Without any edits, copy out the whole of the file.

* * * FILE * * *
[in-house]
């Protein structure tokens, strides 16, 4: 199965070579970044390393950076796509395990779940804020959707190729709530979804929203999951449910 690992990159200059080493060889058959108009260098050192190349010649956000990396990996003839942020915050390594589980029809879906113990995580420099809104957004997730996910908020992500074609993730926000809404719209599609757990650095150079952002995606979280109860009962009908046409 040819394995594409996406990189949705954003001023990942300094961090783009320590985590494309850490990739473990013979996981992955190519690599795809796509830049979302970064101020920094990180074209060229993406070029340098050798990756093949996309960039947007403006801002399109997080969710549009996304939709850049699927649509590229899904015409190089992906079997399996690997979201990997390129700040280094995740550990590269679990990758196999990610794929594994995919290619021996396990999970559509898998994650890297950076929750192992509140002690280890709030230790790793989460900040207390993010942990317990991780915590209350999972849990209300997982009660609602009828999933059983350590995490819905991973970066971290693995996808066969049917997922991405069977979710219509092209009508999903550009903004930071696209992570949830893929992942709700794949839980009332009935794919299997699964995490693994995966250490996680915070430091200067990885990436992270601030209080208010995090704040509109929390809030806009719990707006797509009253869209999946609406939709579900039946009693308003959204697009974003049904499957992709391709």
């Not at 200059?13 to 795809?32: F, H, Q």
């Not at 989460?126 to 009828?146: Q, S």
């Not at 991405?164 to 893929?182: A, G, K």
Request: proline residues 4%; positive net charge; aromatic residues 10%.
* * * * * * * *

[in-house]
């Protein structure tokens, strides 16, 4: 199965070579970044390393950076796509395990779940804020959707190729709530979804929203999951449910 690992990159200059080493060889058959108009260098050192190349010649956000990396990996003839942020915050390594589980029809879906113990995580420099809104957004997730996910908020992500074609993730926000809404719209599609757990650095150079952002995606979280109860009962009908046409 040819394995594409996406990189949705954003001023990942300094961090783009320590985590494309850490990739473990013979996981992955190519690599795809796509830049979302970064101020920094990180074209060229993406070029340098050798990756093949996309960039947007403006801002399109997080969710549009996304939709850049699927649509590229899904015409190089992906079997399996690997979201990997390129700040280094995740550990590269679990990758196999990610794929594994995919290619021996396990999970559509898998994650890297950076929750192992509140002690280890709030230790790793989460900040207390993010942990317990991780915590209350999972849990209300997982009660609602009828999933059983350590995490819905991973970066971290693995996808066969049917997922991405069977979710219509092209009508999903550009903004930071696209992570949830893929992942709700794949839980009332009935794919299997699964995490693994995966250490996680915070430091200067990885990436992270601030209080208010995090704040509109929390809030806009719990707006797509009253869209999946609406939709579900039946009693308003959204697009974003049904499957992709391709």
């Not at 200059?13 to 795809?32: F, H, Q």
């Not at 989460?126 to 009828?146: Q, S």
């Not at 991405?164 to 893929?182: A, G, K």
Request: proline residues 4%; positive net charge; aromatic residues 10%.